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Boycott the Winter Olympics

The Saturday Essay
Boycott the Winter Olympics
By Alex Wilhelm • Issue #6 • View online
Welcome to The Saturday Essay, a relaxed weekend writing project from technology and financial journalist Alex Wilhelm.
The Saturday Essay publishes once per week, on Saturday, discussing business, economics, and politics.

Boycott the upcoming Olympics
We’ll get back to technology and money next week, I promise.
The 2022 Winter Olympics, hosted by China, should not be attended by countries that are committed to democracy, free expression, or liberalism more generally.
This is why it was not surprising – though it was massively disappointing – to see India recently get behind the 2022 Winter Olympics’ host country. It joined Russia in its statements of support.
That does not mean, however, that the United States and other countries have to follow suit. And it is not enough that the United States execute some thread-the-needle diplomatic compromise that gives the current administration convenient cover that it did something, while actually doing nothing.
There can be no bed-sharing with whole-cloth autocratic regimes that are increasingly bound up in historical myth, sexism, racism, and the centralization of control replete with a strong narrative of national ascendance. Fascism, in other words.
The upcoming Olympics comes on the heels of the Chinese Communist Party celebrating its 100th anniversary of power, and as current CCP premier Xi Jinping intends to cement himself in the highest pantheon of Chinese leaders by taking on a third term, essentially closing his fist around control of his Party, and, by extension, well north of one billion lives.
This is not an accomplishment that we should fete, nor is it is something that we should mark with anything less than scorn.
Xi’s rule in China is increasingly demanding of both the Chinese people, and every country within reach, be it diplomatic, geographic, or economic.
The Communist Party’s goals are not small; control of the South China Sea, economic hegemony through Asia and into Europe, not to mention an incredibly long-term project to economically colonize Africa.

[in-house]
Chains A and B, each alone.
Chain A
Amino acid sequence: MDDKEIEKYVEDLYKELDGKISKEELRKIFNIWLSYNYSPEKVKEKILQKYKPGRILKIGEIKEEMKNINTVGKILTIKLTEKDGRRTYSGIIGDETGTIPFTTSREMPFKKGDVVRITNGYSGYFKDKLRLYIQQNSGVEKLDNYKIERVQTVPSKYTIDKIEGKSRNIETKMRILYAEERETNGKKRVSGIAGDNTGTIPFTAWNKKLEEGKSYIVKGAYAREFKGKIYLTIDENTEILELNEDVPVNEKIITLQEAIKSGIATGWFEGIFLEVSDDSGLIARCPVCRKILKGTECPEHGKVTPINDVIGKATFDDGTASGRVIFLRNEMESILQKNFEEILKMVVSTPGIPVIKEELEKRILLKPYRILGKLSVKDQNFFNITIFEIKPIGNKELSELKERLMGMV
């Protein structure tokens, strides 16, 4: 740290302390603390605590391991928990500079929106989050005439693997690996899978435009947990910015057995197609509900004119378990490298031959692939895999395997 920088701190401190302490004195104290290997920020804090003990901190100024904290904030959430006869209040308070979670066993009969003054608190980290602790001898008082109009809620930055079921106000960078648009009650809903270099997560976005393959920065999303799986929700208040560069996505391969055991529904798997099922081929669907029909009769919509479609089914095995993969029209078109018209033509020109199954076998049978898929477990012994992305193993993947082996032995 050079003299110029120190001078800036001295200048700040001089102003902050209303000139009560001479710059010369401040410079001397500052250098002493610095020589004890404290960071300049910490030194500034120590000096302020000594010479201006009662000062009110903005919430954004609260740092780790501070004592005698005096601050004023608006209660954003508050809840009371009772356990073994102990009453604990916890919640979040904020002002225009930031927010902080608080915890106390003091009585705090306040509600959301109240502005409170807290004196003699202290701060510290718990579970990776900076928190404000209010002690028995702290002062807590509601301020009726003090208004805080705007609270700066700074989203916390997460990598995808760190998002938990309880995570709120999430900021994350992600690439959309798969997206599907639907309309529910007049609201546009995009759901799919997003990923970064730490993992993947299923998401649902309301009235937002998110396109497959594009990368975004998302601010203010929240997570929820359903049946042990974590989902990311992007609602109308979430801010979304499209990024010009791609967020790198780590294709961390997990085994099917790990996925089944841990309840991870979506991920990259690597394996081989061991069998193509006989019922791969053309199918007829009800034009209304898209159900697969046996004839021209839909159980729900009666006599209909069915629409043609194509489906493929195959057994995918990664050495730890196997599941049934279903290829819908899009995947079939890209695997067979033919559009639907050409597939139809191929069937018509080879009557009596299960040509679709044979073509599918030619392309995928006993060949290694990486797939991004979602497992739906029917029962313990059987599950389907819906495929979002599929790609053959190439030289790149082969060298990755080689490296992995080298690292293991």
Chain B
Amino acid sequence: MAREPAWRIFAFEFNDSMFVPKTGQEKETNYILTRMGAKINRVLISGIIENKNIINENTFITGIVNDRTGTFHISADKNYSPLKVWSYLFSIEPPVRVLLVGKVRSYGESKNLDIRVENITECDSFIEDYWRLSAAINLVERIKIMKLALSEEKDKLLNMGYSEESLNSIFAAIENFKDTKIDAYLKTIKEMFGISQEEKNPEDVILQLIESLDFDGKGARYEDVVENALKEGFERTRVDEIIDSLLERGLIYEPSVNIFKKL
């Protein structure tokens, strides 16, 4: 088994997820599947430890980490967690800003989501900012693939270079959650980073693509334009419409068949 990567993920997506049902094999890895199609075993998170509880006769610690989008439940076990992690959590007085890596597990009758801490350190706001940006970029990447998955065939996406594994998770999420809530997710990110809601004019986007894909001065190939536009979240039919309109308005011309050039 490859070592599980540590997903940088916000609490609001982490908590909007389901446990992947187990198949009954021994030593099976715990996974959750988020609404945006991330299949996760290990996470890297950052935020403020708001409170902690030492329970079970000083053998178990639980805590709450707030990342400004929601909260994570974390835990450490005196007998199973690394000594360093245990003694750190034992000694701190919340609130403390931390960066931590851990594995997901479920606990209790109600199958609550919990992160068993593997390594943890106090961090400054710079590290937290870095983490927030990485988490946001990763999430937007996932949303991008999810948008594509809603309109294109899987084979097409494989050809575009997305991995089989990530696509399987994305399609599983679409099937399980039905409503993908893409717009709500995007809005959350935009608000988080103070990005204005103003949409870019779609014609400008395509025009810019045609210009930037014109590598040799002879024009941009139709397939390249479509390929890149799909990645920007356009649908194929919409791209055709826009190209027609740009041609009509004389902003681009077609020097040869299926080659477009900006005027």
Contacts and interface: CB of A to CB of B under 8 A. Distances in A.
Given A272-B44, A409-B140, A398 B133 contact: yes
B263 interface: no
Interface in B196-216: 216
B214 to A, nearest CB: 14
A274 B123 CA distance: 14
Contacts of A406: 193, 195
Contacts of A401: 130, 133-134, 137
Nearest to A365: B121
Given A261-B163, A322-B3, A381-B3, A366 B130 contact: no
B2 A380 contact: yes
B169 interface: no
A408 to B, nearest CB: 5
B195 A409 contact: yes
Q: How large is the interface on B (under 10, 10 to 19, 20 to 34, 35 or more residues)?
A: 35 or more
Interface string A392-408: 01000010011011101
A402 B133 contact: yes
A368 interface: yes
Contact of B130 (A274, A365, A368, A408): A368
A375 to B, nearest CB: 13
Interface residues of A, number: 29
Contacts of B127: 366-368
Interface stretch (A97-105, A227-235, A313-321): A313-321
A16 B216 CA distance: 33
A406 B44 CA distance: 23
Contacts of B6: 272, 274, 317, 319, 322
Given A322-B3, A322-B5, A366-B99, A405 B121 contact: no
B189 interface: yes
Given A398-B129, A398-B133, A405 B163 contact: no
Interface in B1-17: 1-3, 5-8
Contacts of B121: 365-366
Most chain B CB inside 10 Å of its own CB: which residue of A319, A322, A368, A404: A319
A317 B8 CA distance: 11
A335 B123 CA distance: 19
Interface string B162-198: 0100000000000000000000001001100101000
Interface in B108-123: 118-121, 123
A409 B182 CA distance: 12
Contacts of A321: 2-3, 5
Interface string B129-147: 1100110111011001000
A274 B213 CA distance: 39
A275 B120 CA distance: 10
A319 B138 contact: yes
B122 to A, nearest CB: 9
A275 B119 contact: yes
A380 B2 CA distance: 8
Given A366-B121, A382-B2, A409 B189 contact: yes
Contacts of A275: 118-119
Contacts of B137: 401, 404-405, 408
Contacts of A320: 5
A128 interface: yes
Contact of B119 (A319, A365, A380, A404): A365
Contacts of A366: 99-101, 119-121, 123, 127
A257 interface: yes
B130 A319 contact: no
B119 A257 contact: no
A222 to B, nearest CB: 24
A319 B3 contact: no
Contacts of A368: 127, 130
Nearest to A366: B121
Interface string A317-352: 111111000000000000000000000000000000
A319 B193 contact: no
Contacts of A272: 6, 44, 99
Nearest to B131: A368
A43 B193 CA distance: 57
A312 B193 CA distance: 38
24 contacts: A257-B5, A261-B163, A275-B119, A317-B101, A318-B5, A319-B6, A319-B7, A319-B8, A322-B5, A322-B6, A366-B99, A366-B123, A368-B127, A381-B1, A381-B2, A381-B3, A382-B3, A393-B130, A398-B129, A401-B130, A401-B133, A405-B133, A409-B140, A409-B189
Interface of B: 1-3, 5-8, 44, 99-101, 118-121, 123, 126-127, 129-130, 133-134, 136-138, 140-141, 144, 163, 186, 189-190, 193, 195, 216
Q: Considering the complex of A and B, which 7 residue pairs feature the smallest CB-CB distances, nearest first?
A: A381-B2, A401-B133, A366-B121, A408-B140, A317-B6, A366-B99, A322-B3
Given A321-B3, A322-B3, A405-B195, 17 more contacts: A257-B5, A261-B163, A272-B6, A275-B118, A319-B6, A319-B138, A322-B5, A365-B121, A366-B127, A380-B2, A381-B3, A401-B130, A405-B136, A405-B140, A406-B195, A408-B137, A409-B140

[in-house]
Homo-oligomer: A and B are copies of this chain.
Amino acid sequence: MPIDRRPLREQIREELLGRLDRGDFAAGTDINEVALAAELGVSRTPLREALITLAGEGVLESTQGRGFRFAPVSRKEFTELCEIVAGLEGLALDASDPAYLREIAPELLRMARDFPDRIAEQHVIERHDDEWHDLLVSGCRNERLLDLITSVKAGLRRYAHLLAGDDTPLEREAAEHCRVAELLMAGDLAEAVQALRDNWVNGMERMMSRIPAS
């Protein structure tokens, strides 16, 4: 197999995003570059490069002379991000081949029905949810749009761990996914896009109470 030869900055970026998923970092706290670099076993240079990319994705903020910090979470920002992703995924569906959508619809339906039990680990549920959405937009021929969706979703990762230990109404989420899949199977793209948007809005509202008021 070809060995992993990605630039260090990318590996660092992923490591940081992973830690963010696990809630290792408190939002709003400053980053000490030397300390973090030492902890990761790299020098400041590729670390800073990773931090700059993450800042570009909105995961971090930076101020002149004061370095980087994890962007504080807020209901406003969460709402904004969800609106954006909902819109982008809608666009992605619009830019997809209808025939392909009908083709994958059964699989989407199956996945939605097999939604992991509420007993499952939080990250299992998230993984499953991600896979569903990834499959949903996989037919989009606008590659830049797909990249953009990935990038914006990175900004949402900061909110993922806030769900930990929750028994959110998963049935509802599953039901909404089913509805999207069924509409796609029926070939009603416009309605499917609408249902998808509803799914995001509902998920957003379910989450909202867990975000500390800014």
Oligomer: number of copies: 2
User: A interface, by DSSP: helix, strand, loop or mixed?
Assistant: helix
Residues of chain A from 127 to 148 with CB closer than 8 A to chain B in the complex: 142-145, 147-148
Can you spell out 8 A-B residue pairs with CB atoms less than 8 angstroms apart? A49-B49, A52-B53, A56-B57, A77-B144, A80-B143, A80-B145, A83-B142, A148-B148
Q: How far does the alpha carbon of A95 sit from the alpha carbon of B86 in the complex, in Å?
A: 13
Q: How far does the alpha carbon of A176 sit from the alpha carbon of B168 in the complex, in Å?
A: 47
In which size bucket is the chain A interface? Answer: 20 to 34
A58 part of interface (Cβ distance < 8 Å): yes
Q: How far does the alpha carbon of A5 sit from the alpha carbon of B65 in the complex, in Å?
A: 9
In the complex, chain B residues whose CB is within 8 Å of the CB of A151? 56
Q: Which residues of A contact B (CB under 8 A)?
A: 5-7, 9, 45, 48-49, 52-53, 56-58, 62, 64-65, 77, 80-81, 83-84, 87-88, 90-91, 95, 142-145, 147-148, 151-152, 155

Domestically China demands control of how its people learn, communicate, execute business, and congregate. Supreme control rests in the Party’s hands – Xi’s hands – leaving no room for individual thought inside of the country.
And then there’s its enforcement of new laws against pro-democracy forces in Hong Kong, its endless bullying of smaller nations with everything from water cannons to international agitation, the crackdown on feminist groups and the reporting of sexual assault, not to mention clampdown on LGBTQ and religious groups, and the CCP’s project to destroy the Uyghur people and culture.
There is precisely no reason to support the Chinese government. To give it any credibility is to tacitly endorse its goals.
Which is why the recent decision by women’s tennis to boycott the country was so very important. The decision showed that it is possible to not play by China’s rules. You simply don’t have to do business there if your morals – which is to say that you think self-determination, free speech, and democracy are worth fighting for – are in opposition to what the CCP is busy constructing.
I do not think that the centrally-planned, high-control method governance that China is pursuing will come out atop the global order long-term. But it wields power today and that’s something that we can combat by declining to participate in its attempts at self-sanitation through the hosting of feel-good international events.
Would it be a gut-punch for American athletes to not get to participate in the upcoming Olympics? Yes. But the other option is to let the Chinese Communist Party leverage the Winter sporting competition as an international and domestic PR coup. That must be greater anathema to our conscience than simply losing a shot at a few medals.
Recall that the United States is both a wealthy nation, and one that has rather a lot of sports stadiums. We could host our own games, in protest, if we weren’t so shockingly afraid of our own shadow.
But let’s not get bogged down in national despair, and the shrinking of our goals as a collective. Let us stay focused on the Chinese government’s larger project to ethnically cleanse, to steal, to bully, and to chip away at self-rule both inside its borders and outside.
We should not show up – at a very minimum – to its party.
Did you enjoy this issue?
Alex Wilhelm

A weekly essay digging into economics, startups, and fun. Written by Alex Wilhelm, a medium-quality nerd and S-1 fanatic.

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